Even kids may feel pressure and clam up, so it is best to spend extra time with them. Interviews may flow better if you take someone aside to a quiet, neutral setting. Away from peers and reminders of the daily routine, a person is more likely to be relaxed and speak in clear, jargon-free terms.

Interviewees can be prepped by reminding them the interview will be like listening to one side of a phone conversation, so it is important to speak in full sentences. To check sound levels while easing into the heart of the interview, a producer may chat a bit, or ask the subject to say and spell his or her name so that detail is captured right on the footage.

Attending to audio

Recordings pick up hum and undertones known as “room tone”. So it’s important to tape 20 – 30 seconds of silence that can be used underneath edits for a consistent transition.

Sound becomes another flavor to mix into the final edit. Natural sound provides ambience, while specific noises become sweeteners or punctuation. In the field, you might tape your own feet crunching in gravel, or a door shutting, and so forth.

Indoors, being conscious of the sound environment includes remembering to take phones off the hook, posting signs to keep visitors from bursting in, and otherwise avoiding noisy interruptions.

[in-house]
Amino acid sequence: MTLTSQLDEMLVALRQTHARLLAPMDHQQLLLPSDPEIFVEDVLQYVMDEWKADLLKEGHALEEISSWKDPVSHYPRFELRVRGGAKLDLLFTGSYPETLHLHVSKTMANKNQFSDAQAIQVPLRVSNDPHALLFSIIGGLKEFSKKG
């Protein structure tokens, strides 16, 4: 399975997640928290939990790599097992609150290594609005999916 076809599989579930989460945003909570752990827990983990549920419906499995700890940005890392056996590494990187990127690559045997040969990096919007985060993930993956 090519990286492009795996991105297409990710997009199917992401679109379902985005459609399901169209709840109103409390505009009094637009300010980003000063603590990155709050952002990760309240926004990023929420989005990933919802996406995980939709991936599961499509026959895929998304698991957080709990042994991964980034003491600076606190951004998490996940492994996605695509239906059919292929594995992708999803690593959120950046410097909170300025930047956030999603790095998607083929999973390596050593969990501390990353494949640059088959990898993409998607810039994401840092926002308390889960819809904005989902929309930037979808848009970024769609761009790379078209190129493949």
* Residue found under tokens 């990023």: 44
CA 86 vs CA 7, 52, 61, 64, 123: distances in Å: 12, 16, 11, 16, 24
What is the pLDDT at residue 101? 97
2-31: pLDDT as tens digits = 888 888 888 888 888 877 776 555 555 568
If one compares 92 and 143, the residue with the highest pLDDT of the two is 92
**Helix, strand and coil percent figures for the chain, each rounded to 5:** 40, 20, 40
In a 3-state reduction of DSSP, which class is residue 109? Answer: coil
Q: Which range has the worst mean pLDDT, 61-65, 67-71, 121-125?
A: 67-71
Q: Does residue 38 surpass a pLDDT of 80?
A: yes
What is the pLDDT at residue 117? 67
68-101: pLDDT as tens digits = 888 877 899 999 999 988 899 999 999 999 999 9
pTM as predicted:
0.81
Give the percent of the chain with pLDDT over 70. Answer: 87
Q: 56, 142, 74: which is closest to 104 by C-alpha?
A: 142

Equipment

QUEST’s Craig Rosa recommends a few options for external mics, which are far preferable to on-camera mics for capturing usable audio tracks:

  1. Lavalier mics clip on and can be hidden on a lapel; the versions with 12-foot wires provide scope and capture sound that is less echo-y than wireless.
  2. Shotgun mics can grab sounds from the environment – if it’s windy, use a fluffy, slip-on windsock to muffle the loud whoosh of strong gusts rushing past the mic.

Dual inputs capture audio from these mics on separate tracks, which is helpful when editing.

Rosa recommends plugging an XLR adapter into the camera for better sound. The sound level should be as loud as possible without having the indicator needle hover past the red or zero line. (See more on XLR here: http://videoproductiontips.com/video-equipment/audio-for-video-how-to-use-pro-audio-equipment-without-having-a-pro-camera/, http://www.videouniversity.com/shop/xlr-adapter-and-a-dual-channel-mixer).

Altogether, he estimates that assembling a decent video kit may take about $4,000, although borrowing equipment may also be an option.

The interview

Bauer frequently starts by asking, “Where are we today, and what are we going to see?”